Communism, like all secular and atheistic philosophies, grows out of a cultural context that supplies a hidden moral structure that even its originators may not perceive. Karl Marx was raised in Trier, in the Prussian Rhineland, a largely Catholic area of Germany. He came from a long line of rabbis, including his maternal and paternal grandfathers, yet his parents baptized him in the Lutheran Church at the age of six. Though Marx later rejected God completely, the moral scaffolding of his early life is evident in his empathy for the working class struggle in a rapidly industrializing Europe. Marx even understood the role of religion in helping people cope with the sadness of the world. “Religious suffering,” Marx wrote, “is, at one and the same time, the expression of real suffering and a protest against real suffering. Religion is the sigh of the oppressed creature, the heart of a heartless world, and the soul of soulless conditions.”

Suffering. Oppression. Soullessness. These are terms freighted with an acute sense of justice, which in turn implies a moral order to the universe. All the pseudo-scientism of Marx’s philosophy, which he dubbed “dialectical materialism,” couldn’t hide that appeal to a higher moral order, which was a direct product of the Christian milieu in which Marx lived and of which he was an heir. It is for this reason that the historian Arnold Toynbee called communism a “Christian heresy,” a judgment with which the great Thomist Jacques Maritain agreed. When Pope Francis rhetorically says to communists, “But you are Christians,” this is what he means.
 


The second sense in which communism has stolen the Christian flag is in its promise of an eschaton, the culmination of history. For Marx, history was intelligible, a progression from one state to another. In dialectical materialism, Marx believed he had uncovered the key to apprehending the progress of history, and through that key was able to describe, at least in vague terms, its culmination in communism, a term meant not to denote an ideology, but this very end-state Marx envisioned.   

“Nobody has one exclusive sphere of activity but each can become accomplished in any branch he wishes,” Marx wrote, describing communism, “society regulates the general production and thus makes it possible for me to do one thing today and another tomorrow, to hunt in the morning, fish in the afternoon, rear cattle in the evening, criticize after dinner, just as I have a mind, without ever becoming hunter, fisherman, herdsman or critic.”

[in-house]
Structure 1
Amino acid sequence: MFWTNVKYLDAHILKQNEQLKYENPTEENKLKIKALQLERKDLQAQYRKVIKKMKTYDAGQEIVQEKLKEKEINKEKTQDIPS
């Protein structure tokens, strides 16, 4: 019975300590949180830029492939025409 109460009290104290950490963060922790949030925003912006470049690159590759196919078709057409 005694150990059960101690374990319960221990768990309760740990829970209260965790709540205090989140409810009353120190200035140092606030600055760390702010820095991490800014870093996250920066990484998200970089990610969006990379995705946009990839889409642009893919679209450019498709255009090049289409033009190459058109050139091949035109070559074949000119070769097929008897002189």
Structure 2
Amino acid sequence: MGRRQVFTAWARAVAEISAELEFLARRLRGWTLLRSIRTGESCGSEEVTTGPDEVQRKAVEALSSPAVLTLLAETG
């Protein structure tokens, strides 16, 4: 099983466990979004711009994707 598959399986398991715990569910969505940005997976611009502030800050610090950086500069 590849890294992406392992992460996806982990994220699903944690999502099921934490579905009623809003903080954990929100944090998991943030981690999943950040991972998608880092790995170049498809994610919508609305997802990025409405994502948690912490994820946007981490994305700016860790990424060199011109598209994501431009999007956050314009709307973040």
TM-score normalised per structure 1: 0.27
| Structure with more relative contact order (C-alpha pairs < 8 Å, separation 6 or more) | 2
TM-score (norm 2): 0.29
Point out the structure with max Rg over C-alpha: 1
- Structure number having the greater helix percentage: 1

The parallels between communism – what we might call the Kingdom of Man on Earth – and the Christian Kingdom of God are obvious. Nearly everything about Marx’s conception contains an echo of the Heavenly City: eternal peace, abundance, self-fulfillment, brotherhood, equality and love. Everything, of course, except the Beatific Vision, unless one counts the reflection of man upon his own divine image.

The Marxist eschaton has proven to be a powerful lure for generations of Westerners who, having inherited a Christian vision of Heaven, nevertheless reject God and His Church. And it has inspired a spirit of self-sacrifice, especially among the communist young, that ranks with that of the Christian martyrs. “Communists are that part of mankind,” Whittaker Chambers wrote, “which has recovered the power to live or die – to bear witness – for its faith … the communist vision is the vision of Man without God. It is the vision of man’s mind displacing God as the creative intelligence of the world. It is the vision of man’s liberated mind, by the sole force of its rational intelligence, redirecting man’s destiny and reorganizing man’s life and the world.”

One need not elaborate on the horrific details of the communist philosophy – the eradication of the individual in favor of the collective, the elimination of private property and the family, the rejection of the most basic human freedoms – in order to defend Pope Francis against the charge, lodged by many, that he is a Marxist. One need only cite the words of Dr. Martin Luther King, Jr., who answered similar charges in a 1963 sermon titled “Can a Christian Be a Communist?”

“Can a Christian be a communist? I answer that question with an emphatic ‘no.’ These two philosophies are diametrically opposed. The basic philosophy of Christianity is unalterably opposed to the basic philosophy of communism, and all of the dialectics of the logician cannot make them lie down together. They are contrary philosophies. How, then, is communism irreconcilable with Christianity? In the first place, it leaves out God and Jesus Christ.”

Those who would like to label Pope Francis a Marxist deliberately avoid what he said in the interview last Sunday: Love for the poor isn’t a communist thing; it’s a Christian thing. It’s our flag, and if we don’t wave it, the communists will steal it. That’s a bracing rejoinder to the Pope’s critics, many of whom are committed to odious ideologies, like Ayn Rand’s Objectivism, that lack even the sense of justice Marx unwittingly borrowed from Christianity.

The final scenes in Victor Hugo’s novel, Les Miserables, are set in what was an actual historical event, the June Rebellion of 1832 in Paris. During the following semester at the Sorbonne, a 20 year-old Catholic student found himself in a heated debate with several colleagues who had embraced socialism and atheism. “Your Church does nothing to help the poor,” they charged. “It always sides with the powerful against the weak.”
 


The Catholic student was shaken by the encounter, not least because he recognized a grain of truth in what his opponents had said. He realized that in her lack of identification with the poor, her support for structures of oppression, the Church in France had opened the door to alien philosophies that traded on Christian morality but rejected God.  The student spoke about this with some close friends, and together they resolved to pick up the challenge laid down by the socialists, to recapture the flag they had stolen, the flag of love for the poor.

The student’s name was Frederic Ozanam, founder of the Society of St. Vincent de Paul.

Now, that’s how you deal with communists.


Mark Gordon is a partner at PathTree, a consulting firm focused on organizational resilience and strategy. He also serves as president of both the Society of St. Vincent de Paul, Diocese of Providence, and a local homeless shelter and soup kitchen. Mark is the author of Forty Days, Forty Graces: Essays By a Grateful Pilgrim. He and his wife Camila have been married for 30 years and they have two adult children.